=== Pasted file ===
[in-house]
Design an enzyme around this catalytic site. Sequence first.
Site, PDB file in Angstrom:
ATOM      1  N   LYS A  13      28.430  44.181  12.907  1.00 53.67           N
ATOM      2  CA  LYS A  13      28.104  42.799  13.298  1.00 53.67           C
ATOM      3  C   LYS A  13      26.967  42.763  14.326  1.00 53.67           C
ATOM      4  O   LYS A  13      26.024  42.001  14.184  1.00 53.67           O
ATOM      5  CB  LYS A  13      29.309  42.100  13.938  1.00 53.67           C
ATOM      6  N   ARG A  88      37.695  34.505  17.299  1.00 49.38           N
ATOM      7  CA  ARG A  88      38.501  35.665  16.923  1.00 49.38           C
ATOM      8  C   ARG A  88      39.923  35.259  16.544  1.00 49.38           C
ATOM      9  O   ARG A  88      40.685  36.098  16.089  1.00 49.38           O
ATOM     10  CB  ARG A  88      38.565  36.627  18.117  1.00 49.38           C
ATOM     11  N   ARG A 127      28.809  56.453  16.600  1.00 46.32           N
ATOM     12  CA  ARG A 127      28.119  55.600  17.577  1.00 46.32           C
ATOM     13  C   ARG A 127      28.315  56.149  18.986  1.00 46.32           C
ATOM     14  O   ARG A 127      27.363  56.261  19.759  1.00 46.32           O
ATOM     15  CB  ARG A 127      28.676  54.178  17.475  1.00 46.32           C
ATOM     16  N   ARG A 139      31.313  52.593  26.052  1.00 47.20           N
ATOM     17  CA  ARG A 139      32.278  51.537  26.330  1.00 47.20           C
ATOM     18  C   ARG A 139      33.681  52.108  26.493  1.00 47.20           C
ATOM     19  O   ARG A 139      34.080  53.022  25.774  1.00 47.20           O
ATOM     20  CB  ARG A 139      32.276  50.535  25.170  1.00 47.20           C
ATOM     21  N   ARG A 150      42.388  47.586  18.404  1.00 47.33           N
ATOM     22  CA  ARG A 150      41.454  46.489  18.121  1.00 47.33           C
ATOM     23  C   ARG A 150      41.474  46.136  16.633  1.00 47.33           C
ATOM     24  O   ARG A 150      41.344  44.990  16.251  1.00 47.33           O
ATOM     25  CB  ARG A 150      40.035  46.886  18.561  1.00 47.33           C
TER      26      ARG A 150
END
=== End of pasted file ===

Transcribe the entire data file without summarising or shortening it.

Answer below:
[in-house]
Design an enzyme around this catalytic site. Sequence first.
Site, PDB file in Angstrom:
ATOM      1  N   LYS A  13      28.430  44.181  12.907  1.00 53.67           N
ATOM      2  CA  LYS A  13      28.104  42.799  13.298  1.00 53.67           C
ATOM      3  C   LYS A  13      26.967  42.763  14.326  1.00 53.67           C
ATOM      4  O   LYS A  13      26.024  42.001  14.184  1.00 53.67           O
ATOM      5  CB  LYS A  13      29.309  42.100  13.938  1.00 53.67           C
ATOM      6  N   ARG A  88      37.695  34.505  17.299  1.00 49.38           N
ATOM      7  CA  ARG A  88      38.501  35.665  16.923  1.00 49.38           C
ATOM      8  C   ARG A  88      39.923  35.259  16.544  1.00 49.38           C
ATOM      9  O   ARG A  88      40.685  36.098  16.089  1.00 49.38           O
ATOM     10  CB  ARG A  88      38.565  36.627  18.117  1.00 49.38           C
ATOM     11  N   ARG A 127      28.809  56.453  16.600  1.00 46.32           N
ATOM     12  CA  ARG A 127      28.119  55.600  17.577  1.00 46.32           C
ATOM     13  C   ARG A 127      28.315  56.149  18.986  1.00 46.32           C
ATOM     14  O   ARG A 127      27.363  56.261  19.759  1.00 46.32           O
ATOM     15  CB  ARG A 127      28.676  54.178  17.475  1.00 46.32           C
ATOM     16  N   ARG A 139      31.313  52.593  26.052  1.00 47.20           N
ATOM     17  CA  ARG A 139      32.278  51.537  26.330  1.00 47.20           C
ATOM     18  C   ARG A 139      33.681  52.108  26.493  1.00 47.20           C
ATOM     19  O   ARG A 139      34.080  53.022  25.774  1.00 47.20           O
ATOM     20  CB  ARG A 139      32.276  50.535  25.170  1.00 47.20           C
ATOM     21  N   ARG A 150      42.388  47.586  18.404  1.00 47.33           N
ATOM     22  CA  ARG A 150      41.454  46.489  18.121  1.00 47.33           C
ATOM     23  C   ARG A 150      41.474  46.136  16.633  1.00 47.33           C
ATOM     24  O   ARG A 150      41.344  44.990  16.251  1.00 47.33           O
ATOM     25  CB  ARG A 150      40.035  46.886  18.561  1.00 47.33           C
TER      26      ARG A 150
END